These terrible working conditions prompted workers to organize a labour union on the 3rd of March, 2000. The union has submitted demands to the employer twice in 2000 and then for a third time in February of 2001. In 2001, the union asked for an increase in the cost of living adjustment, for incentive pay and for shift compensation.

However, the company responded by submitting counter demands to reduce the amount of shifts from 3 to 2, reduce the workforce, increase the days worked per month from 24 to 26, pay workers only 75% of wages in the event that the company has no work for them to do, and for the contract to be in effect for 2 years. This made negotiations very difficult and the union held rallies and meetings in front of the factory. The labour union ended the dispute through compromise.

After negotiations were finalised, the company employed discriminative tactics such as: not allowing union members and union committee members to work overtime (which they rely on because of the extremely low base wages);

Mr. Pairot Sornsa-art, a leader of the union, and in charge of collecting financial contributions to the union, was laid off with severance pay.

Due to terrible working conditions, heavy workloads and discrimination of union members, workers organized on the 20th of May, 2001 to stage a refusal to work overtime, this reduced the amount of overtime work done and caused a majority of workers to slowdown production in the factory. The company responded by cancelling overtime in the factory. The company issued warnings to workers and fired a total of 23 union committee representatives and union members. After reconsideration, the company decided that 4 of the workers had been fired without reason and allowed them to return to work. 3 of those workers, including one pregnant worker, decided, however, to leave and take compensation. The firings without cause shows the company’s intent to destroy the union.

The company later claimed that the dismissed workers were sluggish, had not worked efficiently and had agitated unrest and negligence in other workers. This claim is untrue, workers organised a union as is their right under labour law. Targets were increased to an unbearable level. Workers also felt their jobs threatened due to the employment of sub contracted labour.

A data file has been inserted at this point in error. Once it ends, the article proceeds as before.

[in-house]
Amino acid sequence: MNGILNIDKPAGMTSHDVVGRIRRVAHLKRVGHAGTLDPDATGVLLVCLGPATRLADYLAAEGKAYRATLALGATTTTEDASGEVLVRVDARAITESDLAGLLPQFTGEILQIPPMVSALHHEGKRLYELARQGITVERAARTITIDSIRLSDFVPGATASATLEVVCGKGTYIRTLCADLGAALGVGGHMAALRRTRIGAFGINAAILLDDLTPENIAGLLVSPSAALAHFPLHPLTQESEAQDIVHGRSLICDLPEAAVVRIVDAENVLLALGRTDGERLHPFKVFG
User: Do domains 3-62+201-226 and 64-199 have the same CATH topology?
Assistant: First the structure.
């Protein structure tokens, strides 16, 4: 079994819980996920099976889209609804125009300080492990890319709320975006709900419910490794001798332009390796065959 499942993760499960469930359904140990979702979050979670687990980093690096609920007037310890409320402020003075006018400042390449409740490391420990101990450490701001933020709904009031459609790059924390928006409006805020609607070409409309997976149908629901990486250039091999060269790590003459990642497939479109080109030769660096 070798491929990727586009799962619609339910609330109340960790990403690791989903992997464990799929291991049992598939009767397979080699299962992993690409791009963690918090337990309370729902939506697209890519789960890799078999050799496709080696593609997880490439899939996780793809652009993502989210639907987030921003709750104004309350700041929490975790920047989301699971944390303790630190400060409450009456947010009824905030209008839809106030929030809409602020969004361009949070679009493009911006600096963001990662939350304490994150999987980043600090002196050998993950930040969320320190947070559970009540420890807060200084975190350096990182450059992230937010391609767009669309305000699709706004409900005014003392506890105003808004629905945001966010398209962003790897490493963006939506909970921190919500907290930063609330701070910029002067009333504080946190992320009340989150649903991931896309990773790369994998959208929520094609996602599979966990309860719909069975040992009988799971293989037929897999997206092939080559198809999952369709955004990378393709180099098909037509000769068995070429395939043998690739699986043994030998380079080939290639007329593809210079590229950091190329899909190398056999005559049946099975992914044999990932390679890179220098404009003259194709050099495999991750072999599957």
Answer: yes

The company dismissed the labour union leaders to reduce the unions bargaining power while the company opened its new factory to increase production. The company used this reason to take advantage of workers by freezing wages at their lowest and putting pressure upon the workers to accept working at intensive speeds with insufficient wages to maintain a decent standard of living.

Owing to their difficult economic circumstances, 16 workers agreed to take compensation according to the labour law instead rather than fight to go back to work. However, there are still 6 active union committee representatives and 1 union member who insist on returning to work to fight to protect the rights of the labour union and carry out the union’s activities.

They are Mr. Pornchai Ketkomkwa; 2. Mr. Paiboon Dokkom; 3. Ms. Ratri Sasikul; 4. Ms. Budsadee Sasikul; 5. Ms. Warapol Malangphu; 6. Ms. Jitsupa Keawthong and Ms. Sukanya Oonwong, respectively.


Thai Klinipo Labor Union would like to ask labour unions, NGOs and particularly labour union friends in Sweden to please help to put pressure on the Thai Klinipo Co., Ltd to reinstate the seven workers/union leaders immediately.

You can help by doing the following:

1. Send letters of protest to Thai Klinipro Co., Ltd., asking the management to reinstate the 7 union members at:

Thai Klinipro Company Limited
160 Moo 17 Bangplee Industrial Estate,
Bangna-Trad Rd., Km. 23, Tambol Bangsaothong
Bangsaothong, Samutprakarn, 10540 Thailand
Tel. ++66-2-7051677, ++66-2-3151016

Please copy your letter to the:

Center for Labour Information Service and Training
66/23 Mooban Nattakarn 3, Phaholyothin 52 Rd.
Klongthanon, Saimai, Bangkok 10220 Thailand
Fax. 66-2-9727035.
Or e-mail to

2. Directly open a dialogue with M 'o' lnlycke Health Care to pressure the company to reinstate the 7 labour union leaders back to work, to stop discriminating against union members, and most importantly to respect the labour union' s right to run their own activities.

M 'o' lnlycke Health Care
SE-402 05 G 'o' teborg Sweden
Tel. 46 31 722 30 00

3. Send messages of solidarity and support to the dismissed unionists.


transnationals information exchange - asia

18th September 2001

Mr. Prapats Pupinyokul
General Manager
Klinipro Company Limited
160 Moo 17 Bangplee Industrial Estate,
Bangna-Trad Rd., Km. 23, Tambol Bangsaothong
Bangsaothong, Samutprakarn, 10540

Dear Mr Prapats Pipinyokul,

Transnationals Information Exchange (TIE Asia) is a regional labour organisation that works with democratic unions and focuses on the issues of women workers in Thailand, Bangladesh, Sri Lanka and Indonesia and is